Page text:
“Missiles are coming,” I said. “We’re supposed to…” my voice drifted away. I shook my head, waved at her, and continued walking.

I unlocked my car and slid into the driver’s seat. I tried to call–nothing connected. Cars, vans, and trucks crowded onto the streets and drove across the sidewalks and medians in a rush to get home.

Haze filled my vision. Tears tracked down my cheeks. The run-down homes and businesses I passed looked the same as they had the day before. A car slammed to a stop in front of me. I swerved, but it wasn’t enough. The headlight smashed, and glass blew out onto the street.

A man jumped out. Our eyes locked as I stood up.

“I…I don’t care.” The words left him like a question. I shook my head.

“I know,” I whispered. “Can you still drive home?”

He nodded.

“Me too.”

I smiled.

“Let’s get out of here.”

We moved our cars apart and continued. The engine clunked, but it wasn’t far.

Finally, in a moment that felt like a minute and an eternity, I stood in the doorway of my home. The house we had bought 10 years ago and spent three years remodeling. A rage I’d forgotten I had filled me. We worked so hard to make this work, to live a life here, and now it was ending, without our input, without our meaning, without us. I flipped the lights on out of habit from years of walking home in the dark.

“Hello?” I called.

“Babe! Is that you?” A voice drifted up the stairs sounding just as strained. I ran to the basement. A gasp of a sigh escaped me. I couldn’t stop staring at him. The crinkled brown eyes, the upturned nose, the small mouth I loved so well.

“You’re beautiful,” I breathed in as he crushed me to his chest. We collapsed on the bed in the guest room by unspoken agreement. The corner basement room had just one window. It looked out into the backyard and revealed yellow brown grass, hard packed dirt, and a sky filled with dust.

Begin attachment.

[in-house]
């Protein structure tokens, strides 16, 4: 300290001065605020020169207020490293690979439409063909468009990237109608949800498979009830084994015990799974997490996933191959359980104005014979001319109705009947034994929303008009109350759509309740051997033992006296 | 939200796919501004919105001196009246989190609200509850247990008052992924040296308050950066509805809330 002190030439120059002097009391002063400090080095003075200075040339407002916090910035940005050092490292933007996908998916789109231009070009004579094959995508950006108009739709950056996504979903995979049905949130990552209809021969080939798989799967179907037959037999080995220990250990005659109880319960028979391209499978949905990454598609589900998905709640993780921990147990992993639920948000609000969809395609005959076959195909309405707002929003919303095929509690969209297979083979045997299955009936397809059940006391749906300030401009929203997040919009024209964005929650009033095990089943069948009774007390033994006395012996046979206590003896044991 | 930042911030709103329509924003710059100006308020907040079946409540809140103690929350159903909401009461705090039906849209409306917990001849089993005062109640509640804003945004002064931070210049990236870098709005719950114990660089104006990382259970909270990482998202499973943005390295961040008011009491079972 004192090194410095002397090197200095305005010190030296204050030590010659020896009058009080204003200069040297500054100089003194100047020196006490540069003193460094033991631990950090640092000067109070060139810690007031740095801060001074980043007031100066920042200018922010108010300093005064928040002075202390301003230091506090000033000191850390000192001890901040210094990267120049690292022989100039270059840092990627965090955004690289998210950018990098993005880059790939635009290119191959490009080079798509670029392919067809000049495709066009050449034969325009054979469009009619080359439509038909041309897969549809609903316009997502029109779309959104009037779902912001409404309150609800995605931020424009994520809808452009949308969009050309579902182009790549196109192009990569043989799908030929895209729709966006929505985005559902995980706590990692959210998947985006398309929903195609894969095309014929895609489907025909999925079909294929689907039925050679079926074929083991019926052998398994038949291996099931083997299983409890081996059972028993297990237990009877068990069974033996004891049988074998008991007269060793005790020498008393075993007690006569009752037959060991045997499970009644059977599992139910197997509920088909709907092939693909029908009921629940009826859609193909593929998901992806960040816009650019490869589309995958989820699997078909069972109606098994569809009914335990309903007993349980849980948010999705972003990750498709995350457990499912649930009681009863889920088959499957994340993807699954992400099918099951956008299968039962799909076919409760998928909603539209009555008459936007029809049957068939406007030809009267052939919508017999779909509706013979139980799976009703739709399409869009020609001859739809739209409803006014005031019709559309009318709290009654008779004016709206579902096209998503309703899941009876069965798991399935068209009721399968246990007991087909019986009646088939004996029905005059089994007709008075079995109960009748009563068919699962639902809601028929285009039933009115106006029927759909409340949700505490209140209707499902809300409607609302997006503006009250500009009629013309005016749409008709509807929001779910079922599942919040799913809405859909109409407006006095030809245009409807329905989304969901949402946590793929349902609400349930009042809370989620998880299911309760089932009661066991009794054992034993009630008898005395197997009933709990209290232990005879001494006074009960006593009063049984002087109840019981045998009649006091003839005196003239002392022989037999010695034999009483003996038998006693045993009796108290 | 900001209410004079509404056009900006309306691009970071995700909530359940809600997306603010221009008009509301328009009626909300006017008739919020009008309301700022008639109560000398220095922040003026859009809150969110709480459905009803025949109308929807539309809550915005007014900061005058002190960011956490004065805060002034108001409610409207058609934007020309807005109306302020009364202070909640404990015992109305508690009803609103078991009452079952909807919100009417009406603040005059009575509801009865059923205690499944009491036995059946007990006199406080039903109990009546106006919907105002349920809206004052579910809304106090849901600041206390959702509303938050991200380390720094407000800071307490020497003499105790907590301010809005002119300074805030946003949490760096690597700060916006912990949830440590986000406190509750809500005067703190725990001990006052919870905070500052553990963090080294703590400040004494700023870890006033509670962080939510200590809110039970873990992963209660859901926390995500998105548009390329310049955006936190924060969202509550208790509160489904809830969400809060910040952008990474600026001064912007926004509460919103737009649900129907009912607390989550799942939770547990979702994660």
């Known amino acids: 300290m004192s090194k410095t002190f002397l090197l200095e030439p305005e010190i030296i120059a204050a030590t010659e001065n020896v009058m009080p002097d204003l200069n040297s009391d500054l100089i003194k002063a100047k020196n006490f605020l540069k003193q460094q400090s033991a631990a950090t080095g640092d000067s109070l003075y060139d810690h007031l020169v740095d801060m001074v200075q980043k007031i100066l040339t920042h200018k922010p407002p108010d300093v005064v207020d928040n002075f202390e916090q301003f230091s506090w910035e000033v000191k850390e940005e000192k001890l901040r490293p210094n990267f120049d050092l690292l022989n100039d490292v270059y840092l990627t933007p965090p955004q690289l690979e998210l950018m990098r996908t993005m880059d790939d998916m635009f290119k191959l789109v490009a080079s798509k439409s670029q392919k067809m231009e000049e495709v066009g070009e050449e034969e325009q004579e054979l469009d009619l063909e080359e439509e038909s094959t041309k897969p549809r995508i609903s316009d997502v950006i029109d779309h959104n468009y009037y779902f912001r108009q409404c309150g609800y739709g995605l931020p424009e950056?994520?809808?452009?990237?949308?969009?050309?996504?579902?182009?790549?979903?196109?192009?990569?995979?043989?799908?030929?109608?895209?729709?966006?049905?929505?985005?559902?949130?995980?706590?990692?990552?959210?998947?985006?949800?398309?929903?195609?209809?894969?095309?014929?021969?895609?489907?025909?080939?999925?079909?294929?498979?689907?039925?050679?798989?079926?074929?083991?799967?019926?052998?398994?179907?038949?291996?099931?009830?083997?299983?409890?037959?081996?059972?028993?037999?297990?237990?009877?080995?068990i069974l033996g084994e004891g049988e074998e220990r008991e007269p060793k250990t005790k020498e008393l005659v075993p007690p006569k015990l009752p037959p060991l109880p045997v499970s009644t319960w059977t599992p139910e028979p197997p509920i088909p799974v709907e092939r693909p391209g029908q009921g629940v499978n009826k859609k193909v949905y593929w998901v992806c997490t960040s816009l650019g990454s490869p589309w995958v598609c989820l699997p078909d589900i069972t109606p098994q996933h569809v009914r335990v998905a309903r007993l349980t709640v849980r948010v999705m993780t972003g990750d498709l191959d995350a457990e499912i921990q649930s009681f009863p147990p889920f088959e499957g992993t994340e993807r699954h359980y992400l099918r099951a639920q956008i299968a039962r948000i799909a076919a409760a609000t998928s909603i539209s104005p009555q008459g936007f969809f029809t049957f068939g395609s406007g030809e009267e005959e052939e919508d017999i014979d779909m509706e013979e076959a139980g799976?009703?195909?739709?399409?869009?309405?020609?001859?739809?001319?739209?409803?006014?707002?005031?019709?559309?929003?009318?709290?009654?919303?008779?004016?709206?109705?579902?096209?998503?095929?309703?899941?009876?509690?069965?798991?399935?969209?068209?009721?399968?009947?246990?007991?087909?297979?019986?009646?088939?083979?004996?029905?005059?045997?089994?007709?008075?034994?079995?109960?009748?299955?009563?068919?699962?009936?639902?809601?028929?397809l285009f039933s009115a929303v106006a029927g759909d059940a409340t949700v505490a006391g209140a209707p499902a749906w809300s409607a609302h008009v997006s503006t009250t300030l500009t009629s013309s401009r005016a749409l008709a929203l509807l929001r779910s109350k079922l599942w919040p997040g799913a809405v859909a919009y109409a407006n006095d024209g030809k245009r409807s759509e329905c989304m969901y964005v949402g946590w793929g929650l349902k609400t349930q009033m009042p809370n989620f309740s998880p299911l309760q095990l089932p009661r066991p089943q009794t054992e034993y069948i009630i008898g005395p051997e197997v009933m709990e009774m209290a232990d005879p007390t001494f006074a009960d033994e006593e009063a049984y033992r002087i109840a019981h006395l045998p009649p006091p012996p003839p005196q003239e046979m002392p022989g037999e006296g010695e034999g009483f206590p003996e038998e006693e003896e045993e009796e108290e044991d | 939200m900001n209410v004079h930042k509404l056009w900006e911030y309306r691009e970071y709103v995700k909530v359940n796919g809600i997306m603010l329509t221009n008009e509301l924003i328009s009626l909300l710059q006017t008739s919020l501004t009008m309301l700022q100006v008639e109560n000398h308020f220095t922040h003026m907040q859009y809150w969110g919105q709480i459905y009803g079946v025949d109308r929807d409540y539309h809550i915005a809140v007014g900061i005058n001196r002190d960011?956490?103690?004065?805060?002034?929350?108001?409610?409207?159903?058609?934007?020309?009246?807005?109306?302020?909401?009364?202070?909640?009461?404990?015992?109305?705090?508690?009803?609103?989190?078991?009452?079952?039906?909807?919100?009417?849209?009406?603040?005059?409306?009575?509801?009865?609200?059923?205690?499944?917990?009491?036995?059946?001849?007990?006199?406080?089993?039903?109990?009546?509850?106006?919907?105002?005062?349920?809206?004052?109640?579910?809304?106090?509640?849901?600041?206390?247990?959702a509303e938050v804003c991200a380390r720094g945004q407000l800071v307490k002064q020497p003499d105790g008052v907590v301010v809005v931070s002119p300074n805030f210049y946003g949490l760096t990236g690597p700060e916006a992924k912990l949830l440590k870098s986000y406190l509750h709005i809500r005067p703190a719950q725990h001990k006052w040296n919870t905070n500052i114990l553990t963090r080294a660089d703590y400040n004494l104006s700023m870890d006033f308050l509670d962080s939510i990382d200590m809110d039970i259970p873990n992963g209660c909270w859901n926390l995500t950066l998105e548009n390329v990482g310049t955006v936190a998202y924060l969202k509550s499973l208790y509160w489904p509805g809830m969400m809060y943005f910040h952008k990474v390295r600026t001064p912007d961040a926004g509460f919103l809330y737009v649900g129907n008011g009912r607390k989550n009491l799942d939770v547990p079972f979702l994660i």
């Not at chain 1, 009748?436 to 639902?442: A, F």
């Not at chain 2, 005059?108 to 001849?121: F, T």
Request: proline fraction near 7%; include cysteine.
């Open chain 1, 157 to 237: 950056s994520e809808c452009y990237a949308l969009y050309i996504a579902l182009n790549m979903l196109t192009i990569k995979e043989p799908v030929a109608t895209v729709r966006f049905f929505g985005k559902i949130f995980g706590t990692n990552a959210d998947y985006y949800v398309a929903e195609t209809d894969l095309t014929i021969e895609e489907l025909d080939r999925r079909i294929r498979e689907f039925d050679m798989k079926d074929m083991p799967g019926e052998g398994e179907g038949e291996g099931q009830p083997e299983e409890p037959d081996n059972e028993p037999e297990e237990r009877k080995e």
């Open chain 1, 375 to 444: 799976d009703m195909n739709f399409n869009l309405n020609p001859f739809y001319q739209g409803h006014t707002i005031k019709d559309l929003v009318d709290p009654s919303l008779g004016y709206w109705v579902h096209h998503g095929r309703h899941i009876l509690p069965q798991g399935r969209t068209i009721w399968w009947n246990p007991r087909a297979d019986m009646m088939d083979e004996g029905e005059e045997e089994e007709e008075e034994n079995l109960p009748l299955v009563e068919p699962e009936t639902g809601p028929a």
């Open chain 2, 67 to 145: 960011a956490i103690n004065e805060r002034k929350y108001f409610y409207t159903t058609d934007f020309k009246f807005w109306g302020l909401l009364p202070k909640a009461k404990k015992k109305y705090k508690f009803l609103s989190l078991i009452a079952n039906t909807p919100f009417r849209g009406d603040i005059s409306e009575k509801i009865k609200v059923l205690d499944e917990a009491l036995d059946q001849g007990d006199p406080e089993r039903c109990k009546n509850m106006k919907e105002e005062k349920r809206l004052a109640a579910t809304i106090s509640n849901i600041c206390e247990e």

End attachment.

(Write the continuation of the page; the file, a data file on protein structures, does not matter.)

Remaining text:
We lay there holding each other, softly touching arms and hair, looking for our final moments of comfort.

“I love you, I love you, I love you,” we chanted the words as if in prayer.

The room grew darker, and then there was light.

If you like what you read, buy me a Ko-fi to help me continue turning coffee into copy. 

A happy home

“We’ll take it,” I said to the realtor. We had only cleared the entry into the lobby of the building.

“Are you sure?” He paused. “I mean not that I’m not happy you want it. It’s just…usually people want to see it….” The end of the sentence stuttered off into silence.

“Yes, I’m sure. I know it’s fast, but well..we need a place now.”

The rain slashed against the windows while the TV blared a sitcom across the living room. The bare windows revealed the run down apartment in the lower left corner of the building as a home to an old brown couch that sagged in the middle at odds with the width and resolution of the TV screen.

I smiled as the realtor unlocked the door.